The people have spoken. In my first ever democratic blogging poll, seven (that's right...seven!) of you wish to hear about what it's like being tall. First, some parameters...I am considered "tall" because at 6'4.5", I am clearly taller than the average male in the United States at 5'9.2". FYI: One of the shorter countries is Indonesia where the average height for a man is 5'2.2" whereas, one of the tallest is the Netherlands at almost 6'1". Because of my height, I cannot join NOSSA (the National Organization of Short Statured Adults) for men under 5'7" and women under 5'2". I can however join a branch of Tall Clubs International which is for men over 6'2" and women over 5'10" and I can ride most amusement park rides. Heightism is a legitimate and growing concern for which advocates have raised legislation and proposals (although...I might add, these ventures have been heavily biased towards the causes of short people).
Something I find amusing about height is how people seem to consistently lie about their own height. This is particularly amusing given the fact that anyone who is able to see can simply assess a claim about one's height - but nevertheless, lies abound. It is common in sports to list players at taller and heavier stats than they actually are, people who are just shy of 5 or 6 feet often round up even though it is clearly a lie, and some people just lie because they are weirdos. The only time I have ever lied about my height is when I claimed to be 6'5" at my undergrad to qualify for a long bed. Sue me. Although it appears that now, the requirement has been changed to 6'3" - now that's what I call progress!
After looking around on the interweb to see what people list as the pros/cons of being tall, I was surprised at the abundance of trite and utterly obvious observations about these issues. You have trouble fitting into pants!? OMG! Cars and planes and beds aren't comfortable? WTF! You can see better at concerts?! STFU!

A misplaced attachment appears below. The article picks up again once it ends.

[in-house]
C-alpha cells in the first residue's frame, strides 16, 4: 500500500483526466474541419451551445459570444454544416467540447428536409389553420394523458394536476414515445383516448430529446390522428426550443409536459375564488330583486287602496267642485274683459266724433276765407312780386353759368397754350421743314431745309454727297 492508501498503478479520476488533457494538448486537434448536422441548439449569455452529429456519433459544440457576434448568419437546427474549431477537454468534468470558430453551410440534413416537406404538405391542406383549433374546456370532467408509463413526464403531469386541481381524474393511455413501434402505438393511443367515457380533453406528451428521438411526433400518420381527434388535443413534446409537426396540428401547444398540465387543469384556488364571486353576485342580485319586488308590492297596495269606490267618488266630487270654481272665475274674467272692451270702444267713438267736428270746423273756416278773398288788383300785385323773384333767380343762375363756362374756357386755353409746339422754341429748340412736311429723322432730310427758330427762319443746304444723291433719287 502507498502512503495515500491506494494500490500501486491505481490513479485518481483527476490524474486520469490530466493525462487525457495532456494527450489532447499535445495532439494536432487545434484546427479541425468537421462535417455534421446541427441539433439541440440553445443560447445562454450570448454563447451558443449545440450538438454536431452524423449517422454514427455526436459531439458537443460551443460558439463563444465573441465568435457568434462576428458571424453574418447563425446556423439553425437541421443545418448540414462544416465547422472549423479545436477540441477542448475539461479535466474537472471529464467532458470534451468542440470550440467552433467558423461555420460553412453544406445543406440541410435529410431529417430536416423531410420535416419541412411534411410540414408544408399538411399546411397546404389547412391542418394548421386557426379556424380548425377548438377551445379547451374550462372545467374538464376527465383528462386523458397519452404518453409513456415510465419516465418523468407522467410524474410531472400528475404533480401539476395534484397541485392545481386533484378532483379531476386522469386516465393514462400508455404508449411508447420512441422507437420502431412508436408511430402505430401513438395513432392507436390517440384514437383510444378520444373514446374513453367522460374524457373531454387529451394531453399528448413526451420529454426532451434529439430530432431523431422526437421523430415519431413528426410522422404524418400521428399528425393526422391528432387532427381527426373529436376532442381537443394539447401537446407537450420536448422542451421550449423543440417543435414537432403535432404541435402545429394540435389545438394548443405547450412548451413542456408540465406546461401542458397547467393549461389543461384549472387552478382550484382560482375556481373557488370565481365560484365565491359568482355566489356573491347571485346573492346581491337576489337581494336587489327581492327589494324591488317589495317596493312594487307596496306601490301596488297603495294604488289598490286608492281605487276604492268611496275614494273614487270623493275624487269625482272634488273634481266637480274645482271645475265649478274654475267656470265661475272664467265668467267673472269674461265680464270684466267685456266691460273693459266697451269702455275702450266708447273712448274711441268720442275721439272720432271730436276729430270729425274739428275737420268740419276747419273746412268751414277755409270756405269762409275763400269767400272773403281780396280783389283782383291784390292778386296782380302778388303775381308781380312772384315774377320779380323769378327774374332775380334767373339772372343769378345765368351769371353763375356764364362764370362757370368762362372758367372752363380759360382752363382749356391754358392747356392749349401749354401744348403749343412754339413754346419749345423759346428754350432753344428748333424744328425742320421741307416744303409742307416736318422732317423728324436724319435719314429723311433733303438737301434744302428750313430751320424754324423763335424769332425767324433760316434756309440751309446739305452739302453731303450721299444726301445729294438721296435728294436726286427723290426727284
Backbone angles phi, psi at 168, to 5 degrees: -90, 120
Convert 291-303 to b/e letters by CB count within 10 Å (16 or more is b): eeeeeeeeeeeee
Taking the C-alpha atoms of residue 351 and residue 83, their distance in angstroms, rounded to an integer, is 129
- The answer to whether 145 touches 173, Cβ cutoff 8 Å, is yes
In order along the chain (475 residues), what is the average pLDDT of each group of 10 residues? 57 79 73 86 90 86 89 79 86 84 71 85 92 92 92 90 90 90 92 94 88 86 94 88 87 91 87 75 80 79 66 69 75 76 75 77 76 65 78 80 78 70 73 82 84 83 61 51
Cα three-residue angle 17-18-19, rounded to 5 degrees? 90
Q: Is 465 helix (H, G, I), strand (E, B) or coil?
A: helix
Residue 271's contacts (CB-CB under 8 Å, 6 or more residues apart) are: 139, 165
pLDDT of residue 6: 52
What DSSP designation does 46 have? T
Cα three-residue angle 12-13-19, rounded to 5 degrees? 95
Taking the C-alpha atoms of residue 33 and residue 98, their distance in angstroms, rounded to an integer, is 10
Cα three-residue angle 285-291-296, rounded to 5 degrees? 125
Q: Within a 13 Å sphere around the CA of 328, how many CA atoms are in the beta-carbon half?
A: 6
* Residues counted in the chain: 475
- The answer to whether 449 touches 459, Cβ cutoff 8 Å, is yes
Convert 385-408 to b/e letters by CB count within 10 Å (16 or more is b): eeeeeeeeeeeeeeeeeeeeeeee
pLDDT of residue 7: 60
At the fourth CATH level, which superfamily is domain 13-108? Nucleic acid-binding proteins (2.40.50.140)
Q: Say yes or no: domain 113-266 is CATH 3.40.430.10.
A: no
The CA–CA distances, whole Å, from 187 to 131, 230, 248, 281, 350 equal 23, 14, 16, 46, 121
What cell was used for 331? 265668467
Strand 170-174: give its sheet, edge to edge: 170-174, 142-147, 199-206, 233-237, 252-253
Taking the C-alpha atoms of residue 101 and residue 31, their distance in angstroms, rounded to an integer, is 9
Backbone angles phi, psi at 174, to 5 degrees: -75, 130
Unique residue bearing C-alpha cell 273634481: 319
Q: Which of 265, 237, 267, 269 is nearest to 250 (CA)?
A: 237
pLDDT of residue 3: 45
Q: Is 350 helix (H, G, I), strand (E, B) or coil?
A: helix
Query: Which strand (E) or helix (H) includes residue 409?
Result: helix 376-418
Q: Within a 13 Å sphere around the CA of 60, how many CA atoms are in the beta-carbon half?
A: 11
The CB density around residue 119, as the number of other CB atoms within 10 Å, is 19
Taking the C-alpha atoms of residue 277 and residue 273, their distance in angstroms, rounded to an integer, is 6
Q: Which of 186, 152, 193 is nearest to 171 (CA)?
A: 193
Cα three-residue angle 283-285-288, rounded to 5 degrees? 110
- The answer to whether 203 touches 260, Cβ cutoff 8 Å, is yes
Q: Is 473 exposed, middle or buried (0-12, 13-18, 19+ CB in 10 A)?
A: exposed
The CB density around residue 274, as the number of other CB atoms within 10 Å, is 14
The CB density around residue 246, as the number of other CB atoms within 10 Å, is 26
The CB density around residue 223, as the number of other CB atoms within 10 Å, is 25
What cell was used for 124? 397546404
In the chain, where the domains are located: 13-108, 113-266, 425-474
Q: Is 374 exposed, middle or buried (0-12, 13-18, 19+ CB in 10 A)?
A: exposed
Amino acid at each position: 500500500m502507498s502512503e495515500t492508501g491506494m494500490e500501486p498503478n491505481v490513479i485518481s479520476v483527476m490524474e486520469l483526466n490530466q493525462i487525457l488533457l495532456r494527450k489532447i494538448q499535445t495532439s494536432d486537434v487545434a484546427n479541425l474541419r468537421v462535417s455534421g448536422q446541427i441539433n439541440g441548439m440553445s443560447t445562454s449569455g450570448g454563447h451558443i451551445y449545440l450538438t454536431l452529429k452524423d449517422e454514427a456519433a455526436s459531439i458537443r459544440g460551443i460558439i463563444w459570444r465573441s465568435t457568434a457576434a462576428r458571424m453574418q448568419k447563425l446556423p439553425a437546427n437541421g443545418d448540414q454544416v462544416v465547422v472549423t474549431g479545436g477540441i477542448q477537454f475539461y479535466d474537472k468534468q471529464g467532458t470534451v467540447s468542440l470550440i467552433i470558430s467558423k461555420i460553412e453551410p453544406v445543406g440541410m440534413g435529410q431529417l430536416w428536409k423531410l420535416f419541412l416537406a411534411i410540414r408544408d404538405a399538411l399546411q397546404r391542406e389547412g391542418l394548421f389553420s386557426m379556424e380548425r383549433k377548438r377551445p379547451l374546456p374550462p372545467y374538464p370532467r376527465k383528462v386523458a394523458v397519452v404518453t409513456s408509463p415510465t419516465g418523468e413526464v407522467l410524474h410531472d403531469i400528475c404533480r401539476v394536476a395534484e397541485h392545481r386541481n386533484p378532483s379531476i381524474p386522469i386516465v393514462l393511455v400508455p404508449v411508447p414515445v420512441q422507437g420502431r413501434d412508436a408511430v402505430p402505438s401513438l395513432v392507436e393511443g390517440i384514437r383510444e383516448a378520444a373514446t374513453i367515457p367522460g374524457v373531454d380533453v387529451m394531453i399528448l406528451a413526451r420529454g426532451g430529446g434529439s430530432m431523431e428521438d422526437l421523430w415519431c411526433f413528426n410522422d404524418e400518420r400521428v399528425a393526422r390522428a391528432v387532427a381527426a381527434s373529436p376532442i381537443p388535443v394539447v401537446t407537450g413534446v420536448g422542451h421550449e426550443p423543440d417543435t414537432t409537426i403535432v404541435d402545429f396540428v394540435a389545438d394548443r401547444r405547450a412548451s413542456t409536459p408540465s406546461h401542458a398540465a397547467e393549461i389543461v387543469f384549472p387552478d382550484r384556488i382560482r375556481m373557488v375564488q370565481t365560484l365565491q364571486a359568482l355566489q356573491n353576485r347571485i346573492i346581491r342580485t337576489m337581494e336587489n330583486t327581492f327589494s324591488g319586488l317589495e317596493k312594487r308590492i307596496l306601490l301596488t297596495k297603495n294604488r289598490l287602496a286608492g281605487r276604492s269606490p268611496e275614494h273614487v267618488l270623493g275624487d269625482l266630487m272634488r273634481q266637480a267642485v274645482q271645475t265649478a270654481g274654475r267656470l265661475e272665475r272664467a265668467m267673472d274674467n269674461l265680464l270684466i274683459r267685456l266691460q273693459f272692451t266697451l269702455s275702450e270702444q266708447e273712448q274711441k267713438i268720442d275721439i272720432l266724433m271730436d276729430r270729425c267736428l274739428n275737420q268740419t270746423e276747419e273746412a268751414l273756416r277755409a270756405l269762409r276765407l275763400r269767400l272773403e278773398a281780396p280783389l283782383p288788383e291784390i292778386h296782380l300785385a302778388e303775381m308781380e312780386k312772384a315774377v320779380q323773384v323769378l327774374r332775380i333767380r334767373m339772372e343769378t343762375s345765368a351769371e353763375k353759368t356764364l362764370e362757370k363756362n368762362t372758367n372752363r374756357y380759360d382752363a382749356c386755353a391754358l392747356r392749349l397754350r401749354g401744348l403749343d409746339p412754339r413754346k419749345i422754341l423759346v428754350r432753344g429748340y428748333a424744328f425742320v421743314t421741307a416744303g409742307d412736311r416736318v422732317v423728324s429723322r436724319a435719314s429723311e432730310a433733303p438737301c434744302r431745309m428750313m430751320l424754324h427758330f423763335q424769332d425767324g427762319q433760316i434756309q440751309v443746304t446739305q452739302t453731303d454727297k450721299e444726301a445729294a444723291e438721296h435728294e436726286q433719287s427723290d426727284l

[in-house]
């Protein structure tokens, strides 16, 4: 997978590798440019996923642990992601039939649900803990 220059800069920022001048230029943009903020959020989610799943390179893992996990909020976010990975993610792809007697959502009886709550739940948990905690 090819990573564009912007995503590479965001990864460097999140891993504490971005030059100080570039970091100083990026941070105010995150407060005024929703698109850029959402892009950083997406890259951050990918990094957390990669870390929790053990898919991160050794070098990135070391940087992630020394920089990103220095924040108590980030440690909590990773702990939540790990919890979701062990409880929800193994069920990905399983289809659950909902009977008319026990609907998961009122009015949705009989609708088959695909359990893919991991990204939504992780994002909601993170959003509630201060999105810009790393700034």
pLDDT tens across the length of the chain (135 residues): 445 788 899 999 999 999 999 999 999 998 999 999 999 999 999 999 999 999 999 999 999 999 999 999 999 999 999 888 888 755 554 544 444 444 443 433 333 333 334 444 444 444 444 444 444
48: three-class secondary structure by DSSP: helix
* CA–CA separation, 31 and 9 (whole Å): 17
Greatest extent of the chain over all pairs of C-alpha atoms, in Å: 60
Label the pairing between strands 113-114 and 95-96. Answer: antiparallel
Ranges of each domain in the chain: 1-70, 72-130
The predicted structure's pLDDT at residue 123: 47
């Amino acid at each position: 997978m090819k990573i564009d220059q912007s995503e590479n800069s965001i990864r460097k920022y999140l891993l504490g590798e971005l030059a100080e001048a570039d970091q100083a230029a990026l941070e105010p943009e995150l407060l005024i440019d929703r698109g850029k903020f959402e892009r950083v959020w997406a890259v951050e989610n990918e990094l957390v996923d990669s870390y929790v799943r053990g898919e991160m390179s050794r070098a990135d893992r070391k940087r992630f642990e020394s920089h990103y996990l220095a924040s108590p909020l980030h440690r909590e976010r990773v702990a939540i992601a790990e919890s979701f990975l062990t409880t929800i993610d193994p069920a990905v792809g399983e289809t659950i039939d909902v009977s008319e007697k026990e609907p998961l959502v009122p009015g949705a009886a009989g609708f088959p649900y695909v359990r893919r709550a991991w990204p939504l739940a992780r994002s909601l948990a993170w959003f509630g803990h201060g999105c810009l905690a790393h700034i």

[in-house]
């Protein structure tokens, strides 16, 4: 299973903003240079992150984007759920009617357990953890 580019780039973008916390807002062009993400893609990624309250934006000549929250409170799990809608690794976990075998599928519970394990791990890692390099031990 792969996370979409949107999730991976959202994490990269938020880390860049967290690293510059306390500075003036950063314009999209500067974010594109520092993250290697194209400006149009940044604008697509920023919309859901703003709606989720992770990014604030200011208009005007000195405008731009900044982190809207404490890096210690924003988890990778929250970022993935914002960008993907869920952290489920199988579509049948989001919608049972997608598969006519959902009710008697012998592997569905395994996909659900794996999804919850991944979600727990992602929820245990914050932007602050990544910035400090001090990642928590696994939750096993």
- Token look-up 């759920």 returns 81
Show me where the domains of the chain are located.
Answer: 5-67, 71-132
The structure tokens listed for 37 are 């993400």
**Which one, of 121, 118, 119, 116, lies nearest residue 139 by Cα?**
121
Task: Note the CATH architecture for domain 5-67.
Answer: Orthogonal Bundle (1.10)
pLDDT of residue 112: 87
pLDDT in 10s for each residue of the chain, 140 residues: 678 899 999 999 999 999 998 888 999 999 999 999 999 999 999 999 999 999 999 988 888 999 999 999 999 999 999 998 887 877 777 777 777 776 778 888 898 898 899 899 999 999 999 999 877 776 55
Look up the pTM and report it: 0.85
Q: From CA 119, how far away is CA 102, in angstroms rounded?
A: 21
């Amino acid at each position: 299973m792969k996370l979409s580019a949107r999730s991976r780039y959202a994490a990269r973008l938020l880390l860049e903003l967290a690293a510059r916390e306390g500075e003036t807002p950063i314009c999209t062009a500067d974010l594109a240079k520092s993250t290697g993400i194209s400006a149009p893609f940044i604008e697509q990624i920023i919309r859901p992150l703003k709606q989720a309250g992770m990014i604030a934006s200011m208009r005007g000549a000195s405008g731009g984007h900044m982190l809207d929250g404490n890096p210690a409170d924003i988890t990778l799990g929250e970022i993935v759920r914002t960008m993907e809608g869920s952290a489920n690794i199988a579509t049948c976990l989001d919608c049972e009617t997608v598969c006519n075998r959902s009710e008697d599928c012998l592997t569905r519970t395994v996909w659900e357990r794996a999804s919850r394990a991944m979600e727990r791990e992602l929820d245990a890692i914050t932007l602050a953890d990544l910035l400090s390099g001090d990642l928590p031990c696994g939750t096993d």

I know those types of observations are not what bring the masses to the OME. Here people crave truth - deep, pervasive, and life-changing insights. So I present to you the serious implications that being tall has on one man's life in America.
1) I feel ethically obligated not to laugh at Randy Newman's song, "Short People."
2) I look like a total tool when I ride a bike, which I do every day.
3) Leg wrestling is often awkward and unfair for both participants.
4) Getting mistaken for Gheorghe Muresan.
5) Automatic fail at human tetris.
1) I can dunk the crap out of a basketball.
2) I can block the crap out of a short person shooting a basketball.
3) I can rebound the crap out of a basketball.
4) I can win the crap out of a jump ball against a short person in basketball.
5) I can be the crap on the receiving end of an alley-oop in basketball.
So, there you have it. Everything you needed to know about being tall. The tall and tall of it.